Fortunately for me, I'm a hardened Windows 98 user.
I think Linux as a system for ordinary folks is a bad idea. And it irritates people who knwo a bit about computers, too.
Here's some random opinions and ramblings of mine on Linux:
- "Where the Hell are the .exe files?!?" Despite continued exposure to Linux at school, I'm at a loss to locate them. The closest I was able to find were .rpm files that actually do something productive when clicked. All else are shortcut-like icons, I don't where they point to, though.
In Linux and other UNIX-like operating systems, executable files are marked by their attributes, not by their extension. If you do an "ls -l" you should see a column filled with "r"s, "w"s and "x"s. Those are the file's attributes, "r" for readable, "w" for writable and "x" for executable. If there's an "x" beside the file then it's executable.
At any rate, this is pretty much irrevelant anyway since a "Joe sixpack" user is just going to use the package manager to install programs and their desktop environment to run them. Still, if you absolutely positively have to see where your executables are, they should all be in the /bin directories (/bin, /usr/bin, /usr/local/bin, etc.)
- I just want to meet the person who came up with the naming scheme for folders in Linux. Hell, even Microsoft realized that capitalization of some of the letters is aesthetically more pleasing than cryptic stuff like 'bin' ("What bin? Is this the Trash directory?"). Badbadbadbad. And what's the point of adding 'hd' in front of drive letters? I can figure it out whether it's a hard drive! And if I can't, would I care?
No, you shouldn't. You shouldn't be messing with that sort of thing anyway if you don't know what you're doing, and with modern Linux distributions you won't have to. Just stick to managing the files in your home directory and let your distribution's automated functions handle the rest. Actually, I'd say that giving the vital system directories cryptic names is a good thing, as giving nice, friendly names to that sort of thing encourages users who don't know what they're doing to start poking around there, which can seriously mess up the system (if they're logged in as root, that is.)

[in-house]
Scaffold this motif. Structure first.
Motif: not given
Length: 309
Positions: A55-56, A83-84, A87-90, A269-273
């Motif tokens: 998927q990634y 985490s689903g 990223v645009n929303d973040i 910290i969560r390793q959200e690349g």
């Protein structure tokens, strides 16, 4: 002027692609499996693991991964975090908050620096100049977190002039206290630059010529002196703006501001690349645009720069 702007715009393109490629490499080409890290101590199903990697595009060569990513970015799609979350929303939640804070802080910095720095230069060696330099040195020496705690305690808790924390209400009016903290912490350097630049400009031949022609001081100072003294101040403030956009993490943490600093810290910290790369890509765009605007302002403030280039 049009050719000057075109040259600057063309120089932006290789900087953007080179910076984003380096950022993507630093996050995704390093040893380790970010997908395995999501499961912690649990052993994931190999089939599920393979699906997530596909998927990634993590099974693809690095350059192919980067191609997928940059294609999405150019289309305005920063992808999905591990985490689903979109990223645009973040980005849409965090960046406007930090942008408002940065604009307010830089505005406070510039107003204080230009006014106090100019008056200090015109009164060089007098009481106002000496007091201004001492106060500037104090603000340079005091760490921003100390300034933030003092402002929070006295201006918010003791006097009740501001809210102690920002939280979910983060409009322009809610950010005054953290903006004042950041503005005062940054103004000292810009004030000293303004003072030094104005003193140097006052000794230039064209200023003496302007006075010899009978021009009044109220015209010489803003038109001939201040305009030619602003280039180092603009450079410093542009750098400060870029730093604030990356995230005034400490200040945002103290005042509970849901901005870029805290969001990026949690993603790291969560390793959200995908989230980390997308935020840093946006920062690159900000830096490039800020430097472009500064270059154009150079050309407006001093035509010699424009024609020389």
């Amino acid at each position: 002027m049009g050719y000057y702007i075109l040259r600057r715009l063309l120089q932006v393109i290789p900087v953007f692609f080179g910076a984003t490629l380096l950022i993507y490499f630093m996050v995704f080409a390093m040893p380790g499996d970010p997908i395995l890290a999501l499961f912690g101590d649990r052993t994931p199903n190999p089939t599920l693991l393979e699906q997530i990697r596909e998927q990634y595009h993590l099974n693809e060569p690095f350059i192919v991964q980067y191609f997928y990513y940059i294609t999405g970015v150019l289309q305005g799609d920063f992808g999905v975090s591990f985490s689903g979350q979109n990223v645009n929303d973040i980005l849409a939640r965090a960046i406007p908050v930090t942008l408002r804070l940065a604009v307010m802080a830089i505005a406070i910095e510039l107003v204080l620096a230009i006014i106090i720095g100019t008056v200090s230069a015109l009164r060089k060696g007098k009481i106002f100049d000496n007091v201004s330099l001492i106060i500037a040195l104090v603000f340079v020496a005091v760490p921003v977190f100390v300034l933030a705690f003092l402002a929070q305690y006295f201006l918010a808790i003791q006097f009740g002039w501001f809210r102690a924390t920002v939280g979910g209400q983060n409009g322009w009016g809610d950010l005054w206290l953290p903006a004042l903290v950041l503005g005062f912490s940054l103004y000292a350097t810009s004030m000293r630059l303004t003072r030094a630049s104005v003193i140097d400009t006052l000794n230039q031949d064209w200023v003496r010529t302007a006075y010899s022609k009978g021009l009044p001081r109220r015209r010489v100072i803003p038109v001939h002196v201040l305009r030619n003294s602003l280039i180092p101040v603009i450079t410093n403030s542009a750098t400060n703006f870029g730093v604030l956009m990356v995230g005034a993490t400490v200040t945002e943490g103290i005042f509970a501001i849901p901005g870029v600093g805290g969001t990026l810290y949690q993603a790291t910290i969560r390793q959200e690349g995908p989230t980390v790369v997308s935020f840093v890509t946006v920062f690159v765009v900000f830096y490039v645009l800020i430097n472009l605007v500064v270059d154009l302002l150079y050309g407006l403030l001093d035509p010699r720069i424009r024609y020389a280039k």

- The console should be linked with a name like 'Don't Touch' or 'Danger'. What genius thinks typing in commands is better than clicking stuff? Commands I must memorize, too. Another thing is that some stuff can only be ran from the console -- what gives? Seriously! Why do installed applications seemingly integrate themselves into the system, make themselves their own console commands?
If a program is installed to the right place, it'll be runnable from the console regardless of what your current working directory is. I don't see what the problem is there. As a matter of fact, back in the old DOS days I'd often do that sort of thing manually, moving frequently used programs to a special directory in my path so that they'd be more easily accessable. As for being "forced" to go to the console to run certain programs, that can get annoying, but it's becoming less and less of an issue with modern distributions. Whenever I install a program, it's pretty much always automatically added to my Gnome Applications Menu, and I use Gentoo, which isn't a distribution known for its user-friendlyness.
You really should give the console a try, though. Sure, there's a bit of a learning curve (although you don't